Gig Blog 2: Family Reunited Inc.
What does it mean to have lived experience?
It means everything.
It means you see the world differently. It means you’ve seen, considered and formed ideas that are not merely average.
In my experience, newcomer youth have lived experience that affords them the opportunity to see the world differently. In some ways, more clearly than most; as if the serious, wiser-than-their-years look in their eye is the result of a greater understanding of the world than most young people have. In some instances, they’ve shouldered burdens that were not theirs to bare. For some, they’ve navigated life experiences beyond their years. Some have been forced into adulthood well before they were ready.
Regardless of their unique experiences of iife, all have shown an incredible resilience and this province is better for having them as our neighbors.
In New Brunswick, we’re not taught to be entrepreneurs. We’re taught to follow a pattern because the pattern, for our parents, had worked. Twelve years of state education, post-secondary degree, career and retirement. The economy as it was accommodated this stability.
It wasn’t until I was 25 that I realized how complicated we had made entrepreneurship and how risk-adverse we had become. There is something to be said for stability, but there is more to say about making great things.
Entrepreneurship is simple: Find people with problems worth solving, use your skills or educate yourself to the point where you can solve their problem and create value by offering your solution. THAT’S IT! Nothing more, nothing less.
The first time I ran an entrepreneurship workshop was for the Saint John Newcomers Center and the reason was simple; newcomer youth can create and bring value. They don’t need permission, they just need to find great problems and produce great solutions. Their voice is not only welcome, but crucial if we are to move forward as a province. In my view, their impact on our culture and our community will be greater than we expect so long as we remind our newest community members that impact is not reserved for those who have been here forever.
If you want to understand scale-run a workshop for newcomer youth.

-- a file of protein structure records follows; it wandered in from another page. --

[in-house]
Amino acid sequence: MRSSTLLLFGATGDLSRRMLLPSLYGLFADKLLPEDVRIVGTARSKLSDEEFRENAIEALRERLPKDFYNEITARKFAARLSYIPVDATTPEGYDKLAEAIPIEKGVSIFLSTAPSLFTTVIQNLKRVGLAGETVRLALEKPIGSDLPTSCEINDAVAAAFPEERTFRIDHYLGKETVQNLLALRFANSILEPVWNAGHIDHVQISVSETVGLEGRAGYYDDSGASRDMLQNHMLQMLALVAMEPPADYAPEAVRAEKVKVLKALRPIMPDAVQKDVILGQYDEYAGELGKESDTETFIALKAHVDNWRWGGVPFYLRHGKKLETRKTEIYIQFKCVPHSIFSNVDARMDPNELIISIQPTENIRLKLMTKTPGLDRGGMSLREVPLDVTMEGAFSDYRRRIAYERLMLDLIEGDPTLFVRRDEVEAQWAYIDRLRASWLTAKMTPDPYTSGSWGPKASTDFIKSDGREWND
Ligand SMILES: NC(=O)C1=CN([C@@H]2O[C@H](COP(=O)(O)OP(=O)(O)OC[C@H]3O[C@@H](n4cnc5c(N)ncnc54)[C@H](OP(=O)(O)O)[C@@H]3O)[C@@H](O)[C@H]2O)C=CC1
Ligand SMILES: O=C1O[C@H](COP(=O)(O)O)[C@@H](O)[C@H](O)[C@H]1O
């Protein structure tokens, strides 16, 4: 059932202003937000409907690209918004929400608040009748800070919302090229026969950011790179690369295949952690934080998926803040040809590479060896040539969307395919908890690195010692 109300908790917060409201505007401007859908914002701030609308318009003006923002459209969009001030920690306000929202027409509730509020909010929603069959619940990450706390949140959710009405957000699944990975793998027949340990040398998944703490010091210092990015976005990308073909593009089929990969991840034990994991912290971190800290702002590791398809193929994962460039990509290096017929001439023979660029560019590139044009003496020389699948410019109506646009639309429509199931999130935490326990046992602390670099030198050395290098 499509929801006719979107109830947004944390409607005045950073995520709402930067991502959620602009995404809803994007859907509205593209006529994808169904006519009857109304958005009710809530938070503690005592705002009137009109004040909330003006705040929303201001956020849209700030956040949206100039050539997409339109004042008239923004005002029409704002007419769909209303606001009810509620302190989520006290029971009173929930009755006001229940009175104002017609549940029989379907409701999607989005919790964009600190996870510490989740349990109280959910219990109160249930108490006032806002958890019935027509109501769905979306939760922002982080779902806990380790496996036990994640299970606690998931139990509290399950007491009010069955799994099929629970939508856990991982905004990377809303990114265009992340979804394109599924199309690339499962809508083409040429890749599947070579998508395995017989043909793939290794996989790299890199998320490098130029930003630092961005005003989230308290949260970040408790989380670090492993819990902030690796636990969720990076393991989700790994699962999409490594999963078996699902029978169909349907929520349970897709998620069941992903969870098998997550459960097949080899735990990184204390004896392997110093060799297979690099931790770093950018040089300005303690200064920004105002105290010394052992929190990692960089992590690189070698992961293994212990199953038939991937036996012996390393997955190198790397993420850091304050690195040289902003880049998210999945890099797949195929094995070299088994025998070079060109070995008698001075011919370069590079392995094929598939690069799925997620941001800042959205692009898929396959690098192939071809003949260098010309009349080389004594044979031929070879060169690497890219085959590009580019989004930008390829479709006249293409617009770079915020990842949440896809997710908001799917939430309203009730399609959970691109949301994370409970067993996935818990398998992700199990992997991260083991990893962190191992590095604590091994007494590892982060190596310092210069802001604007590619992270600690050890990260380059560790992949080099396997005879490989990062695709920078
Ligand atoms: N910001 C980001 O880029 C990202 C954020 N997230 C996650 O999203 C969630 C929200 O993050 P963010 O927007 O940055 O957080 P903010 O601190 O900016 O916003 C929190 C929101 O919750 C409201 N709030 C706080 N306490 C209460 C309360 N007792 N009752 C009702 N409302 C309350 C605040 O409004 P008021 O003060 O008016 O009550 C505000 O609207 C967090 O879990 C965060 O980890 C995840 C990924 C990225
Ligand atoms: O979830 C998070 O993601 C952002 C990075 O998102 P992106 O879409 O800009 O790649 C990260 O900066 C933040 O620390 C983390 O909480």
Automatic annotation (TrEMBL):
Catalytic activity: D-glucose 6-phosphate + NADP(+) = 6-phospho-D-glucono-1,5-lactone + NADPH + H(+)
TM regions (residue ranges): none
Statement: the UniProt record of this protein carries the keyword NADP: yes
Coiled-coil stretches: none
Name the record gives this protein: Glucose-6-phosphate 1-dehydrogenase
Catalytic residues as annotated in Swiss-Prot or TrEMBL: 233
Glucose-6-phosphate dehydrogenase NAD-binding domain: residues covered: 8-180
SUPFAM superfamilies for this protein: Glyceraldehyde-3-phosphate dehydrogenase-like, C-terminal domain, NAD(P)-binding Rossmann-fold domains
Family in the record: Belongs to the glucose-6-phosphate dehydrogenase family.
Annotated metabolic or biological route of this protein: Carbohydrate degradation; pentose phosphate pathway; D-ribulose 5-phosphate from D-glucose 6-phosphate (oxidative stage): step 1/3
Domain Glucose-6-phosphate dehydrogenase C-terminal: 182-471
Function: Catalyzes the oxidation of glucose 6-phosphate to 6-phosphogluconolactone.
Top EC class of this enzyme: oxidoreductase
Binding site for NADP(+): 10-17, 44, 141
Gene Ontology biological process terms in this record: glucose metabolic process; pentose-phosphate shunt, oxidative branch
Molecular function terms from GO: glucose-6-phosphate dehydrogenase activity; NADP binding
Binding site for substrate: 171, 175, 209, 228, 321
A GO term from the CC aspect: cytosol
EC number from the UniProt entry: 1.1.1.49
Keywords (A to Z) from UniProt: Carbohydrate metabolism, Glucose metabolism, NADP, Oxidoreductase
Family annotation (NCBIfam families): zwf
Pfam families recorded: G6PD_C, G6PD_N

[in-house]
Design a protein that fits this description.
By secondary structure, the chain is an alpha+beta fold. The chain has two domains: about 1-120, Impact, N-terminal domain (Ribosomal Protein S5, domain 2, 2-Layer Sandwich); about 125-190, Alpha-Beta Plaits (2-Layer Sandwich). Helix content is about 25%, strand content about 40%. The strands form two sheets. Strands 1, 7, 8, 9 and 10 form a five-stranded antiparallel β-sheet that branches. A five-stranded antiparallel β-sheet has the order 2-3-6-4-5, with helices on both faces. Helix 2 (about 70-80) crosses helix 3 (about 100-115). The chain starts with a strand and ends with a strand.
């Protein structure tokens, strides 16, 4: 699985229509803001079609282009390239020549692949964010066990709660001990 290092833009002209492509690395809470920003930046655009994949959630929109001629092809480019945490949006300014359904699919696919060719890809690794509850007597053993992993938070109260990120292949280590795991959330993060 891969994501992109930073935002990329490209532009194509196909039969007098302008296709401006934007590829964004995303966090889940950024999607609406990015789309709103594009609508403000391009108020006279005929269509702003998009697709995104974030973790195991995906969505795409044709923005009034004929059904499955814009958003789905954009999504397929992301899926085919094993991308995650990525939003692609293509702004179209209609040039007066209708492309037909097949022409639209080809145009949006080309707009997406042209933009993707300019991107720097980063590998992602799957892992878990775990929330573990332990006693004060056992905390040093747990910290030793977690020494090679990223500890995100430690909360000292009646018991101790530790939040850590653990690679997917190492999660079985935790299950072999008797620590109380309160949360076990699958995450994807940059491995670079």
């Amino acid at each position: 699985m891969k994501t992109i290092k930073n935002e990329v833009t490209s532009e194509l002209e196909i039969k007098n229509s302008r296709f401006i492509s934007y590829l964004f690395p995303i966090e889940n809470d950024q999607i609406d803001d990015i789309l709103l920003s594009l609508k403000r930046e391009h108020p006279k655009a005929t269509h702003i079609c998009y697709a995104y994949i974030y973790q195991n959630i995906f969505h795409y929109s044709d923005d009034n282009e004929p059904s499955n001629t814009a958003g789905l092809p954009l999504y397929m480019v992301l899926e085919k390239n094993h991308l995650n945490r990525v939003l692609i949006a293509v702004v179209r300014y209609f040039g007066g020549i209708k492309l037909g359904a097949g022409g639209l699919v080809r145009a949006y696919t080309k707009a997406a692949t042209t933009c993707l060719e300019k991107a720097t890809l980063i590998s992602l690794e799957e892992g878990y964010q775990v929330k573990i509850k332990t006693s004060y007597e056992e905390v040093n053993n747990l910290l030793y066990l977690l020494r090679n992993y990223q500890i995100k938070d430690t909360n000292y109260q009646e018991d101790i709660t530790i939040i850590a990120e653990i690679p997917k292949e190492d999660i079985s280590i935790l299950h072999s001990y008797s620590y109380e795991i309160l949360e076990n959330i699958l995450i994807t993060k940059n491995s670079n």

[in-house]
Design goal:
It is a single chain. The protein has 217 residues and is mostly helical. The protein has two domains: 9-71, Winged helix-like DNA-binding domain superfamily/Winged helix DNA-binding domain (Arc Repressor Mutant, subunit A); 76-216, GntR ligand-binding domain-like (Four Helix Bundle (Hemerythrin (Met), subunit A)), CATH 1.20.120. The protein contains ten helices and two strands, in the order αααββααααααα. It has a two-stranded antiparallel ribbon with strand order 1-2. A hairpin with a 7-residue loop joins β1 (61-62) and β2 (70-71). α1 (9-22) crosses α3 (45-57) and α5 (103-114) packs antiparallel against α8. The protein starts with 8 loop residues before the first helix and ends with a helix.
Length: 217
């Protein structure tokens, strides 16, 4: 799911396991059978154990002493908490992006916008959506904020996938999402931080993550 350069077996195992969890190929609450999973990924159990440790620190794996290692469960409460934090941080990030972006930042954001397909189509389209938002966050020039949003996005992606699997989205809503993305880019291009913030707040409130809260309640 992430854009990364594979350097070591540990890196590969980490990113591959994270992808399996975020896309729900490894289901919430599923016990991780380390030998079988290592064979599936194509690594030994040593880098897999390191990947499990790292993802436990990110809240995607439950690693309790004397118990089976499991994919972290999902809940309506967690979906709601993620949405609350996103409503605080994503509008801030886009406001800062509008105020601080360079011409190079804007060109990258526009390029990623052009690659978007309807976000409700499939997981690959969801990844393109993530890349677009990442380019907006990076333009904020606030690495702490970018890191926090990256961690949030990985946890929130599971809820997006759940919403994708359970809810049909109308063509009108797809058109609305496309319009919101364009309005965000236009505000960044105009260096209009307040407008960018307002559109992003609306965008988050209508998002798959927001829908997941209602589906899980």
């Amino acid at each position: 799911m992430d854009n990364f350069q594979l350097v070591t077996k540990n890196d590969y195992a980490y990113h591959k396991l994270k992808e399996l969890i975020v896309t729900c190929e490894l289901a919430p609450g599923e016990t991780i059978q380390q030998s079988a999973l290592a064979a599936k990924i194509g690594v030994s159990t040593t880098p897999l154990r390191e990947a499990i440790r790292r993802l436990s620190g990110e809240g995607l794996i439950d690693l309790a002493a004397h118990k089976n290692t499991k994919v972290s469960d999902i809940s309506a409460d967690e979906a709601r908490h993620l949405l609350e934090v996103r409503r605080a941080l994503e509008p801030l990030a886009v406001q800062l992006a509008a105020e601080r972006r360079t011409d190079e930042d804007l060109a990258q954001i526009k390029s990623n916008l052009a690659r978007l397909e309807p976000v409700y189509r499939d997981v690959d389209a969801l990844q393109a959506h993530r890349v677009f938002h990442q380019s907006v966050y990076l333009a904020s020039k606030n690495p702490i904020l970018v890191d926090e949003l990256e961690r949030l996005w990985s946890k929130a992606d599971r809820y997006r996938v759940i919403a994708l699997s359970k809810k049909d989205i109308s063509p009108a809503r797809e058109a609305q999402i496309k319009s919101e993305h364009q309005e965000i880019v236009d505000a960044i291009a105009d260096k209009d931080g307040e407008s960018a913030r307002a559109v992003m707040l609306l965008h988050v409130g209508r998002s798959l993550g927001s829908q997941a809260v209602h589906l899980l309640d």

“What’s a problem in your lives that needs solving?” I asked in the opening minutes of the workshop.
“We have family still overseas and the process of being reunited with them takes too long and is so complicated.”
I paused. This was a shy, young Syrian girl in her early teens whose first entrepreneurial instinct is to re-write our messy immigration system with smart tech and an optimism only possible of iGen; a generation who sees the world and it’s system for what they are: big, messy, complicated and not inclusive of everyone’s voice.
We worked through how we would solve the problem using easy tools and by the end of the session the header on our project board read; ‘Family Reunited Inc.’
The best part about the exercise was how well they understood the problem. They went to bed thinking about the problem. They think about the problem every time they video chat their family members still in the Middle-East and they think about the problem every time another family is reunited at YSJ.
The energy in the room and the genuine desire to make an impact was something I won’t soon forget.
The scope and understanding of global problems and large scale solutions went far beyond their years. The desire to impact our community and contribute is not something I often encounter and it impacted me.
Producing work for a community of youth that love where they live, that want to stay & grow and that want to make an impact is something I feel absurdly lucky to be doing.
To all newcomer youth in the region: You can create whatever you want. You can and must have an impact on our community. Find problems worth solving and build great solutions. Make great things and go out into the world knowing that you matter. We need your voice and we need your impact.
The road ahead is clear for you, my friends.